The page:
Temptation exists because of our desires.  Notice how the temptation appeals because of the lure and enticement by our desires.  This is precisely how our Lord faced temptation, yet without sin.  His desires were pure and holy.  Generally, the bent of our desires determines the temptation.  For instance, a man or woman who doesn’t have a taste-bud affinity for chocolate cake will not tempted when a piece is set before them.

Our desires can either be good, bad, or neutral.  A good desire, such as the welfare of others or a neutral desire such as that for sustaining food or drink, might be simple examples for each.  While good and neutral desires may be somewhat obvious, lets put a definition on bad or unholy desires: any affection or compulsion that is contrary either to what God has ordered by nature or commanded by His word.

Temptation

It now becomes necessary to place our finger on the manner of temptation.

John Owen defines temptation as, “any thing, state, way, or condition that, upon any account whatever, hath a force or efficacy to seduce, to draw the mind and heart of a man from its obedience, which God requires of him, into any sin, in any degree of it whatever.” (Vol. 6, pg. 96)

When our unholy desires or affections, which are contrary to God, intersect with temptations, which seek to seduce and draw the mind and heart away from obedience, the effect is sin.  Desire and temptation are an unholy union whose only offspring is death.

Owen advises on the potential avenues by which temptation may come, “either singly from Satan, or the world, or other men in the world, or from ourselves, or jointly from all or some of them.” (Vol. 6, pg. 95)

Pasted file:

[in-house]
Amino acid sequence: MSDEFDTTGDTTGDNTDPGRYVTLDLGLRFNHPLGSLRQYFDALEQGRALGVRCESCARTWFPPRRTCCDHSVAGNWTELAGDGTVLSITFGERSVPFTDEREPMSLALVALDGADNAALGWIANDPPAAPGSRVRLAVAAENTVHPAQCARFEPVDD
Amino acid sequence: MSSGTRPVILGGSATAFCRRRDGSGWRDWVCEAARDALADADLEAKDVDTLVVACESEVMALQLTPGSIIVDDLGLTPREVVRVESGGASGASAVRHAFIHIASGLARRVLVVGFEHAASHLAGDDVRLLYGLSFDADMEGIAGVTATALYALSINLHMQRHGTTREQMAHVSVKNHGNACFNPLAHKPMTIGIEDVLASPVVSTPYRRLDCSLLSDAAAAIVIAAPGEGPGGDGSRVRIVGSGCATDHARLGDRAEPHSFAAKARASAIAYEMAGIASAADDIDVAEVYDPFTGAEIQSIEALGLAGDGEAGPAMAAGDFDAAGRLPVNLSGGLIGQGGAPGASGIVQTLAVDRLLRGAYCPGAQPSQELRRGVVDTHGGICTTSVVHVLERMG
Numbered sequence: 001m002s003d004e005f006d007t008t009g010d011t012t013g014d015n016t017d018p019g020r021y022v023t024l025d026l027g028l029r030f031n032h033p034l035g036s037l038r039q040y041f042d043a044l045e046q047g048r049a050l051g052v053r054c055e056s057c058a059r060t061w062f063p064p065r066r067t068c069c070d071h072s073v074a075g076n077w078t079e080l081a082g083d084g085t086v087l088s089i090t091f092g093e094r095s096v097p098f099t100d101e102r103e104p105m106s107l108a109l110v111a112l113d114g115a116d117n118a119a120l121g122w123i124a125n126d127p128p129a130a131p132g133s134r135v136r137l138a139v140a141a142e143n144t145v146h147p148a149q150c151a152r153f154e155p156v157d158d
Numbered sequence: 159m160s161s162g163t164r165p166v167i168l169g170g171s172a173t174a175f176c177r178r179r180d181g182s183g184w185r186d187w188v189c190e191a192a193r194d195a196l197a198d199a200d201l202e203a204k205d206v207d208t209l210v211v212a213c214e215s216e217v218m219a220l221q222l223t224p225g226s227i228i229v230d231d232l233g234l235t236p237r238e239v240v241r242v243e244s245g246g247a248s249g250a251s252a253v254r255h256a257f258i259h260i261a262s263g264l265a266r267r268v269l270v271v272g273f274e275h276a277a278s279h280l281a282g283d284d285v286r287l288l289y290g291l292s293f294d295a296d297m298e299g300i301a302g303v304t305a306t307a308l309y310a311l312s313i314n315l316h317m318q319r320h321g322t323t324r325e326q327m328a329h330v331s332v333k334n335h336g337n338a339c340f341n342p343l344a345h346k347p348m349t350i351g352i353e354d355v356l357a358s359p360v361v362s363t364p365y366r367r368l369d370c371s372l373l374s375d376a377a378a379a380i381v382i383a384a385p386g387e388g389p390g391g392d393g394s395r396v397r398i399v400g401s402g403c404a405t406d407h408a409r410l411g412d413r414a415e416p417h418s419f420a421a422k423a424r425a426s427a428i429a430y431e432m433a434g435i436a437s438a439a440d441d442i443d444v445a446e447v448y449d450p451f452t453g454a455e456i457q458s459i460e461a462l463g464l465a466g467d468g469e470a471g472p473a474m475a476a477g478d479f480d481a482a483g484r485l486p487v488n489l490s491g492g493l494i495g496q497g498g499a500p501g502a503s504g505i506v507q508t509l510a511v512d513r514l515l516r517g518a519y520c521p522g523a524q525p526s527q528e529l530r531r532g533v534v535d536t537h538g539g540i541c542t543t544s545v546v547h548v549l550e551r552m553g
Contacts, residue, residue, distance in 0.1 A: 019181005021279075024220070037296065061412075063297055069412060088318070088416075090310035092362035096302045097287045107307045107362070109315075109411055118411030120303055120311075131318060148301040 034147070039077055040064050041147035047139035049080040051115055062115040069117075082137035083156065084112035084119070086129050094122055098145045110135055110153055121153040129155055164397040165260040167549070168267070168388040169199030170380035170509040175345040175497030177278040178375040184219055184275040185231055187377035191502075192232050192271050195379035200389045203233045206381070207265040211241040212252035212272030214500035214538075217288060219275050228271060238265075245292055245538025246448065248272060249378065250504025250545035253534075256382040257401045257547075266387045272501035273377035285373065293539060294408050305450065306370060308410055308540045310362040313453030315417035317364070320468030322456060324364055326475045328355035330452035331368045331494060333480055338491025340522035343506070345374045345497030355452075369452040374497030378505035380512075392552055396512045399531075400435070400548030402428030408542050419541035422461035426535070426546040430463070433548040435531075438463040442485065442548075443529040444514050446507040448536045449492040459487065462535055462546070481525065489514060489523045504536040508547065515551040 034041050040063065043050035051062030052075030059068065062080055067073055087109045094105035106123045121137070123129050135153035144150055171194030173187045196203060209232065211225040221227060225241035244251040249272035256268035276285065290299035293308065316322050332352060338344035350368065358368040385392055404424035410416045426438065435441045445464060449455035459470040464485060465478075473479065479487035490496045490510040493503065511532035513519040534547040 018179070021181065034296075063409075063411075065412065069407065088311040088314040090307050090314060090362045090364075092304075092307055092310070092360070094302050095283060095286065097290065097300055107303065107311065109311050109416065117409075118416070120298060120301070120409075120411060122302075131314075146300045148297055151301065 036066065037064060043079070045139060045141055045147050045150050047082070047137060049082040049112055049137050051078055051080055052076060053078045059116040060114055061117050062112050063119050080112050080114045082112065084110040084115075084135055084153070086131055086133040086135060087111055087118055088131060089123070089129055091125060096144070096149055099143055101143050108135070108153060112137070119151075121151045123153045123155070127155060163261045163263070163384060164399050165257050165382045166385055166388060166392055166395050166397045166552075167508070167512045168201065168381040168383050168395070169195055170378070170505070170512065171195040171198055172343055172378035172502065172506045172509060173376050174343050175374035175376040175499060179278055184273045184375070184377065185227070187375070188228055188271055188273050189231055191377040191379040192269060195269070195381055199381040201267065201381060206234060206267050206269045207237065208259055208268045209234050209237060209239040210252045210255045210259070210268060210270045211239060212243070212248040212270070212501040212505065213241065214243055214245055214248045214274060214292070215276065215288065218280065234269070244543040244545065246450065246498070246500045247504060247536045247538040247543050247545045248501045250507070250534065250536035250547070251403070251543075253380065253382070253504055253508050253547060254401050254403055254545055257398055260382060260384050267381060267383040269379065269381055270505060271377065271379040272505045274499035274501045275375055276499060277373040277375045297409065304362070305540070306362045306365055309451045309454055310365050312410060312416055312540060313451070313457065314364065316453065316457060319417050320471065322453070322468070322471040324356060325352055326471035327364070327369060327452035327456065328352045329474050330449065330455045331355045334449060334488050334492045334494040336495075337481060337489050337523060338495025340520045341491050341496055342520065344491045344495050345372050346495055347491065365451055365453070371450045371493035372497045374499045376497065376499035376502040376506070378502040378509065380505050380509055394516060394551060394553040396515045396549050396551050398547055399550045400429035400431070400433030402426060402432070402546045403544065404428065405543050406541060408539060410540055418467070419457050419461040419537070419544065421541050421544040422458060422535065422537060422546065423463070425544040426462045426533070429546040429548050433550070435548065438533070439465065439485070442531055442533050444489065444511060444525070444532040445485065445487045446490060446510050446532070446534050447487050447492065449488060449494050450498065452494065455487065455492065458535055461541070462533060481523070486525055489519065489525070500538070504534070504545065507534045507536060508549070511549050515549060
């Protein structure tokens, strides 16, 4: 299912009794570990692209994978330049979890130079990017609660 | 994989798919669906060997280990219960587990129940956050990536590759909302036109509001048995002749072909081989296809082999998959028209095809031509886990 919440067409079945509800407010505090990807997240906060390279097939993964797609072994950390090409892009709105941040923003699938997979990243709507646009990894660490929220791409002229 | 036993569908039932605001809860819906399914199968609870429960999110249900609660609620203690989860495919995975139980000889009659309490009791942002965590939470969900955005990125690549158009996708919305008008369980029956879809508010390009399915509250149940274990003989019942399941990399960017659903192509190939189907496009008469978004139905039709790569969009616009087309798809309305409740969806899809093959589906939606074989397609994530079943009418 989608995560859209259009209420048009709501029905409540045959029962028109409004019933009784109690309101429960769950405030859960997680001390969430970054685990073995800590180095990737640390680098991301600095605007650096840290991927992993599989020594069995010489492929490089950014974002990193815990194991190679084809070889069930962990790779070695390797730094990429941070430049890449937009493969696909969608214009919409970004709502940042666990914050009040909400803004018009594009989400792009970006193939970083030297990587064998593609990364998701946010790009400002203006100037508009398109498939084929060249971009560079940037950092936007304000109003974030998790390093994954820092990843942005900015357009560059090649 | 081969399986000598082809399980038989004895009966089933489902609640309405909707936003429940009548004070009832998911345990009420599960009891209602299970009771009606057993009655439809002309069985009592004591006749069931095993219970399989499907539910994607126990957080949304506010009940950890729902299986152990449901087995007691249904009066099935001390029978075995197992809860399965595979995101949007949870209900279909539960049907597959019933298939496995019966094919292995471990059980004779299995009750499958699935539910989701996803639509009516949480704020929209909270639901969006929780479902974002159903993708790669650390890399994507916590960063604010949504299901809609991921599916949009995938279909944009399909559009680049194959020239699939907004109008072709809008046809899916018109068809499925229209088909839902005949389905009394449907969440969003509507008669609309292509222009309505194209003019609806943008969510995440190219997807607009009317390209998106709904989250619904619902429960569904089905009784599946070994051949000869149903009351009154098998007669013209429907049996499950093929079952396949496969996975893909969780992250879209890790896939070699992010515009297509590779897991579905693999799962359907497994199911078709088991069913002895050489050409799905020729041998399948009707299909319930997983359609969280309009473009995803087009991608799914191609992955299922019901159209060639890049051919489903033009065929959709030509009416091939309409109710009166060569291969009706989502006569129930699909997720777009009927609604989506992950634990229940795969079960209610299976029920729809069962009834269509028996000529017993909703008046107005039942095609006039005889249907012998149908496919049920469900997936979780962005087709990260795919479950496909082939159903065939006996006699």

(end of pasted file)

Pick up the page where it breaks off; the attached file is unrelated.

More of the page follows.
With this in mind, what’s to be done about it?

The Defense

  1. Setting our affections on Christ.  This comes through habitual exercise of exposure to the Word of God and meditation upon that Word.  Not just reading for the sake of reading, that’s powerless and leads to a false assurance of battle readiness.  This ineffectual reading is what George Mueller referred to as “water through a pipe”.  Instead we want to read as water filling up a vessel or pot until it overflows.
  2. Praying without ceasing. A heart that is set upon Christ cannot help but pray.  Conversely, one of the chief evidences that the hearts desires are being drawn away to the world is a lack of prayer.
  3. Fellowship with the saints.  An oft-neglected gift that God has given us in the combat against sin is the communion of the saints.  The Apostle James will draw out this point more clearly later in his epistle by the imperative to confess our sins to one another so that we may be prayed for and restored (James 5:13-20)

Finally, should our desires begin to wain, what’s to be done in order to avoid the pending attack of temptation?  Watch and Pray.  I’ve written elsewhere on this very subject and Owen himself considers that this is the singular defense against the wiles of temptation.